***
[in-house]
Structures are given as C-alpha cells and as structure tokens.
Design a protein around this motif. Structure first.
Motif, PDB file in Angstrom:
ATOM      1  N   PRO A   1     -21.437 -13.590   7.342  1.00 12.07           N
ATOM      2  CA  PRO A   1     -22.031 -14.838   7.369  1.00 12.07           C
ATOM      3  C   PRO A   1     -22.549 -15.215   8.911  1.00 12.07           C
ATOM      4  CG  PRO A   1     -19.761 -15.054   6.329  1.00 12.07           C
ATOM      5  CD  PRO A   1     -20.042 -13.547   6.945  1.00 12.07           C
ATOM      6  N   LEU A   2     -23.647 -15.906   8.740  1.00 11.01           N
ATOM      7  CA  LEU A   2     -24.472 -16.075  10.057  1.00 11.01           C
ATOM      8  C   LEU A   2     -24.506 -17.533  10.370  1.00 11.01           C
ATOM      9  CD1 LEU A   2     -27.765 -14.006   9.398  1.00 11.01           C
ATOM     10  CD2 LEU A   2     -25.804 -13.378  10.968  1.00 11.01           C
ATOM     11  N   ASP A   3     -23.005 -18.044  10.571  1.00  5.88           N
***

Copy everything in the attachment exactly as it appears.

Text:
[in-house]
Structures are given as C-alpha cells and as structure tokens.
Design a protein around this motif. Structure first.
Motif, PDB file in Angstrom:
ATOM      1  N   PRO A   1     -21.437 -13.590   7.342  1.00 12.07           N
ATOM      2  CA  PRO A   1     -22.031 -14.838   7.369  1.00 12.07           C
ATOM      3  C   PRO A   1     -22.549 -15.215   8.911  1.00 12.07           C
ATOM      4  CG  PRO A   1     -19.761 -15.054   6.329  1.00 12.07           C
ATOM      5  CD  PRO A   1     -20.042 -13.547   6.945  1.00 12.07           C
ATOM      6  N   LEU A   2     -23.647 -15.906   8.740  1.00 11.01           N
ATOM      7  CA  LEU A   2     -24.472 -16.075  10.057  1.00 11.01           C
ATOM      8  C   LEU A   2     -24.506 -17.533  10.370  1.00 11.01           C
ATOM      9  CD1 LEU A   2     -27.765 -14.006   9.398  1.00 11.01           C
ATOM     10  CD2 LEU A   2     -25.804 -13.378  10.968  1.00 11.01           C
ATOM     11  N   ASP A   3     -23.005 -18.044  10.571  1.00  5.88           N